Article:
And I could buy 20 TS's for the cost that you pay for those 6. You could buy 6 TS's for the cost of 1 Powermatic 66.
It would be better to compare apples to apples and oranges to oranges.
For a similar class and built TS the actual numbers may only be 50% more expense at worst.
For a SawStop Cabinet Saw with rip fence you pay about $3100. Amazon has a 3 hp PM66 for $3100.
(Amazon.com product link shortened)"8013
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Ah, but they can't. It's patented.
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writes:

SawStop offered and I would likely think that they would still offer a license to use the technology. Nothing unusual about that. VCR and DVD recorder manufacturers pay for a license to manufacture a product that play and record different formats.
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I have to wonder what the lawyers will do with this down the road. If you cut a finger on a Brand X saw, will they be considered negligent because they did not use available technology to prevent the accident?
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And, considering that the US is one of the most litigious countries in the world, you just know there's an army of lawyers salivating to get their hooks into the fray.
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wrote in message

I suspect that they will leave it alone. Manufacturers that do not include riving knives probably are not being bothered.
Most employers carry workman's comp for this same reason. The workman's comp protects a company from these claims. I doubt that they will be found negligent unless the government eventually requires a similar safety device be used and it is not used.
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Leon wrote:

Yes. They want 8% of the full retail cost of the saw in royalties.
Chris
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wrote in message

Ouch, that sound rather pricey just for a license. That would probably add a minimum of 20% to the cost of a cabinet saw between the device and the royalty. Higher percentage on a contractor model.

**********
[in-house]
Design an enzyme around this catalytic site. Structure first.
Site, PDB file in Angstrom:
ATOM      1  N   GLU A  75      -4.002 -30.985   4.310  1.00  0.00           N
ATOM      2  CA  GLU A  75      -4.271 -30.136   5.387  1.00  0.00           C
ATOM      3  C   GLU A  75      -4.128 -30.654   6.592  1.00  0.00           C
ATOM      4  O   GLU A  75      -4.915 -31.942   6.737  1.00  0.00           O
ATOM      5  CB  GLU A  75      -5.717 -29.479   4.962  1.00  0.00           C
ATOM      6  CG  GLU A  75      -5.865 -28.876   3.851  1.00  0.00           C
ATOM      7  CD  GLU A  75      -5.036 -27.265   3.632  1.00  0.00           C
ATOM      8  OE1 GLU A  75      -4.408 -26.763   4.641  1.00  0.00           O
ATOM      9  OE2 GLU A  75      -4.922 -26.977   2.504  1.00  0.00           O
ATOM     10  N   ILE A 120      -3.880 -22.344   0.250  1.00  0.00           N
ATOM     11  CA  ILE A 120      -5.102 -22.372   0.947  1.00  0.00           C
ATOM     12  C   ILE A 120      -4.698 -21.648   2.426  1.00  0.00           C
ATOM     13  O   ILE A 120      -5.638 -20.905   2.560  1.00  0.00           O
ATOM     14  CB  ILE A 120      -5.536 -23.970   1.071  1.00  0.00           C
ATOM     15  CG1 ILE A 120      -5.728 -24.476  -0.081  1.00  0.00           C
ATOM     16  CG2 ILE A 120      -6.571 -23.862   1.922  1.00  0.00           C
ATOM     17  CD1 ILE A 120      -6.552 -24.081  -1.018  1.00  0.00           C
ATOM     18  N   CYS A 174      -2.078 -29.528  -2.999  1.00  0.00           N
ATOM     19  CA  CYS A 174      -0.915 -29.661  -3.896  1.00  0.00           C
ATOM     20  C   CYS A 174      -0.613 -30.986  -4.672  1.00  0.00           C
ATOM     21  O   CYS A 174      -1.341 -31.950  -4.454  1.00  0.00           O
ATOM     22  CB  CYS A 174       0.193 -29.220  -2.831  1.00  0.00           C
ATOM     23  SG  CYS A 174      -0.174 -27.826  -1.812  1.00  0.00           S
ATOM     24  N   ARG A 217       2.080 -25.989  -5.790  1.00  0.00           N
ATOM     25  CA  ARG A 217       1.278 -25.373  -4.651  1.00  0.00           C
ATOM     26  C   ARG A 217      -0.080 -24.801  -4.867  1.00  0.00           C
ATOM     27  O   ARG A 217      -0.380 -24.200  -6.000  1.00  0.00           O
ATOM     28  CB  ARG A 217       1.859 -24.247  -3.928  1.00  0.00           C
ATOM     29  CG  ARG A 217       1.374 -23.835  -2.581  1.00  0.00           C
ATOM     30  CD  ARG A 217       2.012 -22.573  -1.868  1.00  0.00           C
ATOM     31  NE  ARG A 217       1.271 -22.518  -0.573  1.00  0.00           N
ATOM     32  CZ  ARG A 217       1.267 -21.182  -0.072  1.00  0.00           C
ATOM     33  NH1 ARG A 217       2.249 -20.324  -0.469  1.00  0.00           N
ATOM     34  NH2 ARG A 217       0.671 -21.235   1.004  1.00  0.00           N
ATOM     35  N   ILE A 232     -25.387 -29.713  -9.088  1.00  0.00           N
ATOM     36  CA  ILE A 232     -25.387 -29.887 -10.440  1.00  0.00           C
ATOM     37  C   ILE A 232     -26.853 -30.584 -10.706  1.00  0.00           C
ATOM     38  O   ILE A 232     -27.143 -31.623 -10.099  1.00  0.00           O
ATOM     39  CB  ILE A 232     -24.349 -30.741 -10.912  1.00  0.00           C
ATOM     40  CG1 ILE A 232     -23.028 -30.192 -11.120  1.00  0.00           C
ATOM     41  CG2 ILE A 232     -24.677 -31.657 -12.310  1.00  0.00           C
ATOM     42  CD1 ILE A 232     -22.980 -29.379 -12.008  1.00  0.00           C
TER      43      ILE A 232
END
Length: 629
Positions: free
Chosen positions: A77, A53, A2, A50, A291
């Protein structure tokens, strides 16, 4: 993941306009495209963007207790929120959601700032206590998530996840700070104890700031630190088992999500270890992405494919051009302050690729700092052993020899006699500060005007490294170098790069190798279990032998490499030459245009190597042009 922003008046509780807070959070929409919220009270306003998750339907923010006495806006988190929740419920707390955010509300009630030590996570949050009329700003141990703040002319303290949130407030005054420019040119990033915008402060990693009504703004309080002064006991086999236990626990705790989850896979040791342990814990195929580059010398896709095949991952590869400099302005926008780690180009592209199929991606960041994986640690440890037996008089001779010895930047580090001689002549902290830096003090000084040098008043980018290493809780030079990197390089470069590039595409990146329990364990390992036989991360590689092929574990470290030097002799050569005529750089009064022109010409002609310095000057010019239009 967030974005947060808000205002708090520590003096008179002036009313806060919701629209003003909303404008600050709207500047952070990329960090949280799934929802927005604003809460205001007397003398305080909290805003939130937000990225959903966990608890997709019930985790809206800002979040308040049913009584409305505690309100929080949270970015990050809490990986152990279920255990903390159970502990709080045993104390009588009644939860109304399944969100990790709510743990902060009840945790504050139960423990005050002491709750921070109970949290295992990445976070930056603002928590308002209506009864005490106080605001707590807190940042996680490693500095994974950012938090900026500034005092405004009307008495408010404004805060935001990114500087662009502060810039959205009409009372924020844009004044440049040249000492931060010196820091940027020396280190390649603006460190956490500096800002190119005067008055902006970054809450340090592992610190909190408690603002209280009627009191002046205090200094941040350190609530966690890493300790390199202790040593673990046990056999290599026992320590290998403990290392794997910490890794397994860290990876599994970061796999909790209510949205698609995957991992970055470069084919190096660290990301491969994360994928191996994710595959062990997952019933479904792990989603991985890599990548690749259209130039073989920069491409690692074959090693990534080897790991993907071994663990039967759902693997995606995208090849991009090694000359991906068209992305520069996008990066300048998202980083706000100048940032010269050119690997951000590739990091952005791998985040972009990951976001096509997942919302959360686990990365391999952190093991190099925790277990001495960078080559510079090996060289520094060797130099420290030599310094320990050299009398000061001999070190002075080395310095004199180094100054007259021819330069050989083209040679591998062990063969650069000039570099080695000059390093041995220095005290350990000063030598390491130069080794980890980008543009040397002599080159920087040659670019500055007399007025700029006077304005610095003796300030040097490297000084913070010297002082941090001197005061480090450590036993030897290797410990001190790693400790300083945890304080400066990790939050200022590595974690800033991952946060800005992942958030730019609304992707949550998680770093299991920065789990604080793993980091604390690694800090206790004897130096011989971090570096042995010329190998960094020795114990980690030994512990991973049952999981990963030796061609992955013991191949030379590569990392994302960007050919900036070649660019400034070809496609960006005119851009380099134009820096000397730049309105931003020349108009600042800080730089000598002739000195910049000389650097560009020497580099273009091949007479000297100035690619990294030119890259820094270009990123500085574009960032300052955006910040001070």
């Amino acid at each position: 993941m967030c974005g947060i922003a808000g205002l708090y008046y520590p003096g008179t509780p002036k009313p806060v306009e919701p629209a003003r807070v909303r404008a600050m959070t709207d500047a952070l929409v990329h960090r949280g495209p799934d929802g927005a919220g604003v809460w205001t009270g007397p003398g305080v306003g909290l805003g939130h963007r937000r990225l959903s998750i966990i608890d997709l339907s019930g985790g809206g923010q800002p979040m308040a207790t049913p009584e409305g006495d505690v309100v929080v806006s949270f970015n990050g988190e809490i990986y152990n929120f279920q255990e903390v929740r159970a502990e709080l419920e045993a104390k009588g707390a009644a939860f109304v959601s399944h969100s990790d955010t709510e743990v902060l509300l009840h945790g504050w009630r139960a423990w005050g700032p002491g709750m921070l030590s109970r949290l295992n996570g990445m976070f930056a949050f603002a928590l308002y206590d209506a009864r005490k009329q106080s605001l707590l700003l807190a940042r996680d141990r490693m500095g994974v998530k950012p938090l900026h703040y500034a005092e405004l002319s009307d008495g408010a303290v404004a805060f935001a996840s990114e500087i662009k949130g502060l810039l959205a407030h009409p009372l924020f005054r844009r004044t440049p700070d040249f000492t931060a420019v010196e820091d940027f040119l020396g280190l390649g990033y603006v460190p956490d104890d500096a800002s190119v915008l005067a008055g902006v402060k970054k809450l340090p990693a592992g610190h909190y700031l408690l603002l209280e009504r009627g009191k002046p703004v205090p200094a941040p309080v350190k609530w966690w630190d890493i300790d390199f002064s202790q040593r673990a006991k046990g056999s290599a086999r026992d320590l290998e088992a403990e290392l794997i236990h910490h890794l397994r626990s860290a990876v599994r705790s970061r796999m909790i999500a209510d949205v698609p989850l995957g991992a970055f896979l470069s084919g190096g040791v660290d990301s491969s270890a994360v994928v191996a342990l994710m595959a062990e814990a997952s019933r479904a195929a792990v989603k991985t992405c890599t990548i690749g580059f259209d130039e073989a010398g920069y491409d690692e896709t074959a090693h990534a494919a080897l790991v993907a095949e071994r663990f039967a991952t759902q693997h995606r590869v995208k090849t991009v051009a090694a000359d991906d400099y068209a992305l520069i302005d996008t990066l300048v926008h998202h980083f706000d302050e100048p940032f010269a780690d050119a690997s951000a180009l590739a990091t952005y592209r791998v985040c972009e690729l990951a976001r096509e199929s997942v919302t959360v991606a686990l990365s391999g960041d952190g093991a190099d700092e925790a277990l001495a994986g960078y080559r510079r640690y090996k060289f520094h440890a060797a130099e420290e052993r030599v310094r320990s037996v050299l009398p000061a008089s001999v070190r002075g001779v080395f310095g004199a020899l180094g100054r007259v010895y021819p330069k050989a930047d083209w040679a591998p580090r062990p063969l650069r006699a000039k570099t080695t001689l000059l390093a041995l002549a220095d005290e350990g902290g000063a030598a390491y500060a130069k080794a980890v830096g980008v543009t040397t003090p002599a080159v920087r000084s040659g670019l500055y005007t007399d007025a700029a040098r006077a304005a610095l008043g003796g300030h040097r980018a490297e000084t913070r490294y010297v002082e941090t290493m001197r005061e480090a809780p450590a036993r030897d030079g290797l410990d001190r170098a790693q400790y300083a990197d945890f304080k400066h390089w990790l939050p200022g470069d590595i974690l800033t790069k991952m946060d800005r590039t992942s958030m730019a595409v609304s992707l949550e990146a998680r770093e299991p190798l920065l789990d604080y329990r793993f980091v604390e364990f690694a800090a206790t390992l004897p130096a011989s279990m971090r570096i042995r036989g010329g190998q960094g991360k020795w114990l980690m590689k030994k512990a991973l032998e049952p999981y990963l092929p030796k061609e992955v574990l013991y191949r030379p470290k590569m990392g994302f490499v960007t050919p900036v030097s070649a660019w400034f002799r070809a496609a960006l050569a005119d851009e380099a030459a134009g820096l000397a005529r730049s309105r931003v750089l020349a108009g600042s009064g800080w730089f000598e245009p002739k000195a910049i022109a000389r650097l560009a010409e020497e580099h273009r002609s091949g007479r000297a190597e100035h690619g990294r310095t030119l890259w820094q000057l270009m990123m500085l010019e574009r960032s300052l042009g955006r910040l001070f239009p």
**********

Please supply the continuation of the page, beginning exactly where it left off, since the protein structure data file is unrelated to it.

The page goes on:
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Higher yes but I suspect that you get a much better saw in the long run. The $600 TS with a 20% mark up is now the $720 TS with a more robust trunion and arbor. It would have to be built better to withstand the shock of stopping the blade. Given that however, I think the cost may be higher depending on what grade you buy or sell. IIRC SawStop said that it adds some where in the $250 range to the actual cost of a saw. Retrofitting if possible would be much more expensive. A $1000 saw would go for $1350 including the 8% royalty. A $2000 saw would be slightly better at $2430 including the 8%. That's now. If every one added the feature I suspect that prices would settle back down to what they are now or the equivalent considering current dollar value after the competition becomes competitive.
If you wait 5 years the saws will likely go up 20% in price anyway without improvements. I paid $1300 for my Jet cabinet saw 7 years ago. I bet I would have to pay more than 25% extra today.
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As a side note, because the government no longer regulates electricity prices in Houston and much of Texas I now pay 50% more for electricity this year than I did last year. I get no added benefits. At least with the increase in price of the TS you get some added benefit. ;~)
A bit farther OT but maybe something you might want to consider since all of us buy electricity. For years the local electric company said to raise you thermostat in the summer and lower it in the winter to save electricity. That certainly does make sense. Because I work out side in the garage I would set my thermostat on 86 degrees during the day and 78 in the evening. 86 degrees feels good compared to 95 outside so I tolerated it. Starting in April this year I started setting my thermostat on 82 during the day and left the 78 alone for the evenings. From mid April till now compared to the same period last summer I have used 26 less kilowatt hours electricity. A neighbor who owns an AC business told me that the more often a compressor cycles and shorter the cycle period of an AC compressor the more efficient it becomes. My AC is now 11 years old and has used less electricity this summer than it has since 2000 and my house is 4 degrees cooler during the day. No refrigerant has been added since it was installed 11 years ago.